I realize it [0.999...] appears to imply the existence of an asymptote at 1 to the average student, and this would be true if it were not for the fact that it becomes infinitely closer to one. One can theoretically NEVER reach infinity - by definition, this is why it is described as a "concept", not a number, and it's easier to talk about in terms of limits. But speaking "outside of the mathematical box" as it were, if and when you DID reach infinity (which is what the 'repeating' symbol '...' indicates,) 0.99999... WOULD finally EQUAL 1. And that is precisely what is occurring here.

"Numbers don't' exist in nature" is a pretty difficult hypothesis to defend! Sure the physical symbols or other manmade methods of representing them is not how they exist in nature, but numbers are mere symbolic and/or mental representations of an analogous concept in the real-world... "a number by any other name..." Mathematics may be a 'black-box theory', but nevertheless it gives the same, correct answer 99.999.....% of the time (I hope you caught that one!) Aside from Godel's incompleteness theorem, there has been nothing that suggests an inconsistency between numerical representations nor the formulae that we use to give accurate theoretical representations of real-world phenomena and that which we determine the results to actually be, i.e. empirical = theoretical, within the mathematically expected degree of precision.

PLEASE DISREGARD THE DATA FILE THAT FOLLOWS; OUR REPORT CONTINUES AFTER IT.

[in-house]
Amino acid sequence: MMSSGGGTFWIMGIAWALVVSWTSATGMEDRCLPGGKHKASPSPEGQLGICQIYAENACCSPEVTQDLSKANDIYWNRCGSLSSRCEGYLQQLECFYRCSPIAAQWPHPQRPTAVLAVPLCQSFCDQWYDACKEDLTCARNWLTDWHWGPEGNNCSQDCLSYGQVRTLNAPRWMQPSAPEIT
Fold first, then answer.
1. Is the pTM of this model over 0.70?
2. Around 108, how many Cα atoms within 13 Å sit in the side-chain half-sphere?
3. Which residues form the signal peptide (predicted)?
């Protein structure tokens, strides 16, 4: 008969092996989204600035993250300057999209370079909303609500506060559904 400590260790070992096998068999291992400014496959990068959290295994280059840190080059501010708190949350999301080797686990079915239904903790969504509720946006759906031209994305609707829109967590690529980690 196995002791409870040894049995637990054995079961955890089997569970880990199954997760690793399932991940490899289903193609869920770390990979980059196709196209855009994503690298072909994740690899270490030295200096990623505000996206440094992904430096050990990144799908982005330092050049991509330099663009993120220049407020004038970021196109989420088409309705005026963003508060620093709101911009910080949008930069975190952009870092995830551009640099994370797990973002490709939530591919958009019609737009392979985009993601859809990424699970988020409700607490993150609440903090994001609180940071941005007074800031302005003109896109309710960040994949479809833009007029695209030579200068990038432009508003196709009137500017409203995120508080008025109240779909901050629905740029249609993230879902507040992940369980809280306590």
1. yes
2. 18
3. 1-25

So, ultimately, the answer to the question is simply, "Yes, 1 = 0.999...!" ...

Hi Scooby48

By definition, no two numbers exist that do not have a number between them. You have effectively answered your own question in your previous post. Since there are no numbers that exist between 1 and 0.9999., then they cannot be unique numbers. Therefore they are equal by definition, so you could write a triple bar equal sign between 1 and 0.999.., and interchange them in any part of any equation. Consider them two representative symbols of the identical number, namely the number one (1).

To fully appreciate this concept, I suggest you don't take my answer or even that of our resident expert, Forbie89 at face value. Go and get a pen and paper, a math book and any material you can locate on the subject and develop a real deep understanding and appreciation of this basic number theory concept as well as that of infinitesimals by working it through yourself, inside and out. These two concepts relate to one another beautifully in this nearly perfect relationship for studying these concepts at the most fundamental level possible.